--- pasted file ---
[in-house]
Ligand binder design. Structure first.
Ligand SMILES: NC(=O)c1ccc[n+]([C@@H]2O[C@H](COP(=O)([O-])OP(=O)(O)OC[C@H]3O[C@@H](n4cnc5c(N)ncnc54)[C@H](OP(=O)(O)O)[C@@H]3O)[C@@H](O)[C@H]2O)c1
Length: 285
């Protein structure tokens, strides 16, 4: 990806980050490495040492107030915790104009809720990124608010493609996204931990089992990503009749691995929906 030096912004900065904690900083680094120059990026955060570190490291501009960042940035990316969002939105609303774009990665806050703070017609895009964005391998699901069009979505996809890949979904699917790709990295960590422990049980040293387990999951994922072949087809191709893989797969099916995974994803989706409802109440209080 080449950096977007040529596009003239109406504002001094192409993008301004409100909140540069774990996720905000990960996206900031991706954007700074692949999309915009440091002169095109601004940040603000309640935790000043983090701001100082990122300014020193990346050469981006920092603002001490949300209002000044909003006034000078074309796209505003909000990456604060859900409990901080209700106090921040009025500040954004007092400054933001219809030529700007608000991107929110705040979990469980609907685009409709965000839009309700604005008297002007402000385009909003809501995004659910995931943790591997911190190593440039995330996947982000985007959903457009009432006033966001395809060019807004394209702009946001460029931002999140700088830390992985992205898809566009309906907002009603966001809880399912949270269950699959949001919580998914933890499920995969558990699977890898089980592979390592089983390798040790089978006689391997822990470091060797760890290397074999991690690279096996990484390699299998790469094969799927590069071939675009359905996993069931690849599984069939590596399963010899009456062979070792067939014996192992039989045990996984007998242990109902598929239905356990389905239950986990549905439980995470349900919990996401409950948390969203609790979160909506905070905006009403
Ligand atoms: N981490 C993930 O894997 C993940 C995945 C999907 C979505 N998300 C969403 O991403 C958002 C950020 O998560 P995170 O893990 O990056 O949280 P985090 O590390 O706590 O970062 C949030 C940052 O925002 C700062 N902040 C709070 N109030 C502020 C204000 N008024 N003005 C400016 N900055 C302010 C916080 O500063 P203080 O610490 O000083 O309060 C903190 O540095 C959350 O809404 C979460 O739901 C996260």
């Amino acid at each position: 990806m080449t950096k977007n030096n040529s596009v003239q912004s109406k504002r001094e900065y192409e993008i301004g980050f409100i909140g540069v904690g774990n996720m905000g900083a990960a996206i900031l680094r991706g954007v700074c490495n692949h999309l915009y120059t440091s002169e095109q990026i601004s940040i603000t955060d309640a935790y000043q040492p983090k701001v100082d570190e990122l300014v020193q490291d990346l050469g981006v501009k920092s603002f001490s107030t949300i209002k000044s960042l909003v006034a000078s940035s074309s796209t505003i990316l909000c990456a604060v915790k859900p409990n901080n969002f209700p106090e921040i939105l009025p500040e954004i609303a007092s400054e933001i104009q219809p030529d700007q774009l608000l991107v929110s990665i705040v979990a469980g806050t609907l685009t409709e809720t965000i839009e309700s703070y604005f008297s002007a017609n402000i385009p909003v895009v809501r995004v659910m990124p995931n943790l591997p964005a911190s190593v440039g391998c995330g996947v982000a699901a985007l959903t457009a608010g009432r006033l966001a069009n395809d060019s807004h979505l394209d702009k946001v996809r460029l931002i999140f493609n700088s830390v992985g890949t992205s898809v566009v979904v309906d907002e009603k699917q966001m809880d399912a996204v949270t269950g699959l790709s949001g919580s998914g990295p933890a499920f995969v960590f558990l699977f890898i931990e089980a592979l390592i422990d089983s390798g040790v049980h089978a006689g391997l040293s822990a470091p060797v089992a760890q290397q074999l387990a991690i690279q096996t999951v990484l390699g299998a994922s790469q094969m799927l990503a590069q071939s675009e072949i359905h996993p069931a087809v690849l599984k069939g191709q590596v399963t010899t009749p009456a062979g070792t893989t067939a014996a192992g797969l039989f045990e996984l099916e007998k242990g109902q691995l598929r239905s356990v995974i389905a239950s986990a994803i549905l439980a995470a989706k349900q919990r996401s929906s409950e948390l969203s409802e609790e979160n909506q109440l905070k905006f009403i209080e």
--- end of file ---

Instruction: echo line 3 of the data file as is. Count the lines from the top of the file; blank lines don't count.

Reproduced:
Ligand SMILES: NC(=O)c1ccc[n+]([C@@H]2O[C@H](COP(=O)([O-])OP(=O)(O)OC[C@H]3O[C@@H](n4cnc5c(N)ncnc54)[C@H](OP(=O)(O)O)[C@@H]3O)[C@@H](O)[C@H]2O)c1